A young British soldier who was killed as he stormed a German-held hill in southern Italy during the Second World War will finally be laid to rest almost 75 years after his death.
Lance Corporal Ronald George Blackham, of the 3rd Battalion Coldstream Guards, was killed during a fierce battle on September 25 1943 as he fought to take Hill 270 near Salerno.
Just 22 when he died, his remains were found in February 2014 in a shallow grave near the village of Capezzano by Associazione Salerno 1943, a group of voluntary military historians.
Ammunition from an Enfield rifle and the Coldstream Guards cap badge indicated the remains were of a British soldier, and after the Ministry of Defence tracked down his brother Douglas a DNA test confirmed his identity.
Now, 73 years on from his death, 19 members of his family - including his younger sister Alma Williams, 80, and two-year-old great-grand-nephew Conan - have travelled to Salerno to see him buried at the war cemetery, along with the remains of two other unknown Coldstream Guards soldiers found nearby.
Mrs Williams, the only sibling attending the funeral, said the discovery of the remains was the first official confirmation that her brother had died, and had left her "speechless".
She said: "Our first thoughts, my brother and I, we thanked God at last he's not roaming the world not knowing who he is, and at last they've found him.
"It's just amazing, it's shock. It's turmoil in your brain - you don't know whether you're coming or going, whether it's true or whether it's false."
L/Cpl Blackham was born in Weaverham, near Northwich in Cheshire, on October 6 1920, the eldest of four boys and two girls.
After leaving school he worked for the Imperial Chemical Industry until he joined the army, enlisting at 19 in the Coldstream Guards, on June 18 1940.
Despite being just six when he died, Mrs Williams remembers her brother as a tall man of 6ft 4in who kept pigeons and enjoyed snooker and football with friends.
Once, when he returned to the army from leave, her mother Florence pointed out horse chestnut candle blossoms on the trees - a lifelong memory that still brings a tear to her eye.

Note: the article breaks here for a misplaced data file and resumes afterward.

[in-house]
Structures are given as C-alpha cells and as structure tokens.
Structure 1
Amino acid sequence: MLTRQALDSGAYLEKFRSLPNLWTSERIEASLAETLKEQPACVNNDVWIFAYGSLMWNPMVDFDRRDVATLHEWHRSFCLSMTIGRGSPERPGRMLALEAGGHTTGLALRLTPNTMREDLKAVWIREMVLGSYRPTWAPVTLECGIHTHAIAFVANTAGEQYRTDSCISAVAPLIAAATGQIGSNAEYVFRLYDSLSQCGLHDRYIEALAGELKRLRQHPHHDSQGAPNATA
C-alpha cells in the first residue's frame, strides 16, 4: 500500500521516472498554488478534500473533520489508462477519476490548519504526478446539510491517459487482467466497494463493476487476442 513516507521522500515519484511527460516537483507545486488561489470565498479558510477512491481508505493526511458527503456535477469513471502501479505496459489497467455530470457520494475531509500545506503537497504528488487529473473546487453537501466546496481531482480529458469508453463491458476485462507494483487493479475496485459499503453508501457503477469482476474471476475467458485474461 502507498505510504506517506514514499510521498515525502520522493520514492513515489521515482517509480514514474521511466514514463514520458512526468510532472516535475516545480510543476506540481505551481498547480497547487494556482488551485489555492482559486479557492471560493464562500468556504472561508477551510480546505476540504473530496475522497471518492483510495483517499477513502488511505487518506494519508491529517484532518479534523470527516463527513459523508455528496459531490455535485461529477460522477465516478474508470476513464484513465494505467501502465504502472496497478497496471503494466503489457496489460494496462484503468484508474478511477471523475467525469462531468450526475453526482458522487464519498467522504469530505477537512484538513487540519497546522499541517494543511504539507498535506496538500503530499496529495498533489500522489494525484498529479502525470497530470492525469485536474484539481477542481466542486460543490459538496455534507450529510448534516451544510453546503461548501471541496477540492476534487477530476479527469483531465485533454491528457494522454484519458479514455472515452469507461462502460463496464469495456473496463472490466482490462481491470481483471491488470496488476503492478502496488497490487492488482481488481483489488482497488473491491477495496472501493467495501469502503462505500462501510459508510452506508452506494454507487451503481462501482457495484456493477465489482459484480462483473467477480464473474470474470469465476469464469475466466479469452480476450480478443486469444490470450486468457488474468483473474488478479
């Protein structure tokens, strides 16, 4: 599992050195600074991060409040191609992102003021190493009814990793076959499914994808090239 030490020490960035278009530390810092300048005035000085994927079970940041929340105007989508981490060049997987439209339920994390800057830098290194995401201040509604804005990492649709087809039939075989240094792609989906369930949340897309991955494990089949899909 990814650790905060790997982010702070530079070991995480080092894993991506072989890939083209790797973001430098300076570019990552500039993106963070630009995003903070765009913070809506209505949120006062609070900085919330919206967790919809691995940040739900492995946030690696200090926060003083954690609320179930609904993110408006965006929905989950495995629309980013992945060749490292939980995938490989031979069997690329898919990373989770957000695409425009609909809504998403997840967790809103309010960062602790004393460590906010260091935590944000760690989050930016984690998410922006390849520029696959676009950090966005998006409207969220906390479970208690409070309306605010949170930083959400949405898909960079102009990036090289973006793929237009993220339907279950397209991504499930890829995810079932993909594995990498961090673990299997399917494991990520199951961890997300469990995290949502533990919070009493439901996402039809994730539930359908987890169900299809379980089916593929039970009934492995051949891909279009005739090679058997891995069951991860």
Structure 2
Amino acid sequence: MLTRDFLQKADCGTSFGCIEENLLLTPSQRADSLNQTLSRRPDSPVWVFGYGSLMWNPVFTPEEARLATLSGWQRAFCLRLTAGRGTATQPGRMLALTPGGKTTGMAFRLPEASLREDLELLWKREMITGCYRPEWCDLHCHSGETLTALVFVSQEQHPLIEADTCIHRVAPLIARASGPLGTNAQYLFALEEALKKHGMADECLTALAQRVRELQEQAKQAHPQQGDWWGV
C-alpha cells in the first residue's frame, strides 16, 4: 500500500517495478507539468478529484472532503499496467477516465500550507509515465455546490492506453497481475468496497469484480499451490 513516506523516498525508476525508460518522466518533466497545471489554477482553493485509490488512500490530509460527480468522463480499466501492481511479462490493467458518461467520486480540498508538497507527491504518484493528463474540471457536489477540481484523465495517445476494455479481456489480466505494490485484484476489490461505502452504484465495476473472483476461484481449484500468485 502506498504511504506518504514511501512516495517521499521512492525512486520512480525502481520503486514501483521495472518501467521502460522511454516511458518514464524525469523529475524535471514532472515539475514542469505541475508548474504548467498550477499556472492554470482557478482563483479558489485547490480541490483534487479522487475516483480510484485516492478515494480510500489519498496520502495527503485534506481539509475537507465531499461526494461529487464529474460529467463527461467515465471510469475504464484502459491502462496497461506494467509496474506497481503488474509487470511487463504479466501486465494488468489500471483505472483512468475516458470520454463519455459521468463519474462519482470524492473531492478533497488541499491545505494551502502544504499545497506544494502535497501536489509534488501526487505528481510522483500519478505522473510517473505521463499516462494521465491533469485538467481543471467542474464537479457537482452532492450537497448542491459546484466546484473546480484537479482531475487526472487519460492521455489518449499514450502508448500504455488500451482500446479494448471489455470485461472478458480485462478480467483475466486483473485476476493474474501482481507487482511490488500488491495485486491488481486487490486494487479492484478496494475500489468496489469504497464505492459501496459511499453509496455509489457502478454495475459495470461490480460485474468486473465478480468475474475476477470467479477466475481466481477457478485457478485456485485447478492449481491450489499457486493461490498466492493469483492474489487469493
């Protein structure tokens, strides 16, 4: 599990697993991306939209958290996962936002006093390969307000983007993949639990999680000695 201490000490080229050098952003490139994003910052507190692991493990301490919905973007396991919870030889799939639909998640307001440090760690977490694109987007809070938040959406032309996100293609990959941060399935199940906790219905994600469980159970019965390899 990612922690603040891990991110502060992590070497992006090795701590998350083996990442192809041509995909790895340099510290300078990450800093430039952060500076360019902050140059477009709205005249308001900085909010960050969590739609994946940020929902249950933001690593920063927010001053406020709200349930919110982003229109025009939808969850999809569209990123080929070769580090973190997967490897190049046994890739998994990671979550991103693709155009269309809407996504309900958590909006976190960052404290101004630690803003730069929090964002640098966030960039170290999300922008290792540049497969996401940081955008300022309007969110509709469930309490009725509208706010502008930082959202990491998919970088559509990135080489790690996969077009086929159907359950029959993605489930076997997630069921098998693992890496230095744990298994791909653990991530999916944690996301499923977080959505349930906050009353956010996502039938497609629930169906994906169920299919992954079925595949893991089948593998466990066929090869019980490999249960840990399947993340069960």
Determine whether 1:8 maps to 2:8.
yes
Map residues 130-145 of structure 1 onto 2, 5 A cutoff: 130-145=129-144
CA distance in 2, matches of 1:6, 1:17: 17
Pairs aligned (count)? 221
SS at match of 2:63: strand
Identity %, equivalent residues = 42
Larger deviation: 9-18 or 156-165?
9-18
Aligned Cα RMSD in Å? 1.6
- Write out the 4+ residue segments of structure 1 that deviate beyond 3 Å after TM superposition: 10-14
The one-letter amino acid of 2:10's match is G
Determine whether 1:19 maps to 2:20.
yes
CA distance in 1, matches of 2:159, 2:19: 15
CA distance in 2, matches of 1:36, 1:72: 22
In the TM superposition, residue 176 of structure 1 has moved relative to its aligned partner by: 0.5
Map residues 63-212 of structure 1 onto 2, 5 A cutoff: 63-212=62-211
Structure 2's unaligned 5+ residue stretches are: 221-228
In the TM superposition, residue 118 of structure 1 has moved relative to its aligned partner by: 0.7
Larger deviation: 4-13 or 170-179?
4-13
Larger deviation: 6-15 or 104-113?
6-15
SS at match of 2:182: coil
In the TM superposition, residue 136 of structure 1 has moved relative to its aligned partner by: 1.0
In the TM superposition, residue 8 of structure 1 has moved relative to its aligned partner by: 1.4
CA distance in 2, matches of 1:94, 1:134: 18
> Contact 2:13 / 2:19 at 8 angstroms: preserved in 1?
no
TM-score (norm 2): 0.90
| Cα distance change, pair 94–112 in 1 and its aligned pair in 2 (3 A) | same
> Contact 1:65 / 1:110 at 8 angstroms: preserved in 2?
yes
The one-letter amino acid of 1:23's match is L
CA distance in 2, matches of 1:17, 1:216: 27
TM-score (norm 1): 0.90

Mrs Williams, also from Weaverham, said: "She took me to the window, looked out and said: 'When the candles come back on the tree, Ron'll be back home on leave, so it's all right.'
"Now, every time you see the candles growing it sticks in your mind - your mum said he'll be home, but he never came."
In September 1943 the Allies landed on the Salerno beaches in Italy, their first major landing in occupied Europe.
At noon on September 25, the Coldstream Guards were brought in to mount an attack on Hill 270, north of Salerno, using thick trees as cover to infiltrate the bottom of the hill.
No 1 company - including L/Cpl Blackham - and No 3 company of the 3rd Battalion began advancing from the nearby Capella Ridge, but as they left the sheltered woods German machine gunners opened fire, hurling mortars and grenades among their barrage of bullets.
During the battle the Guards suffered 120 casualties, including L/Cpl Blackham.
Mrs Williams remembers how a man on a bike came to the house to deliver the fateful news.
She said: "I was with mum at the front door, she opened this envelope and collapsed on the stairs with a stroke after reading it - 'missing presumed dead'.
"For the simple reason, she knew what had happened.
"Apparently the week before she had had a dream, that she was swimming in a river with Ron and the water was red, and she said: 'Something's happened to my lad.'
"I had to go and get dad out of bed. He came and carried her up the stairs and she didn't speak for six weeks."
Now, more than 70 years later, L/Cpl Blackham's burial will finally bring peace to the Cheshire family.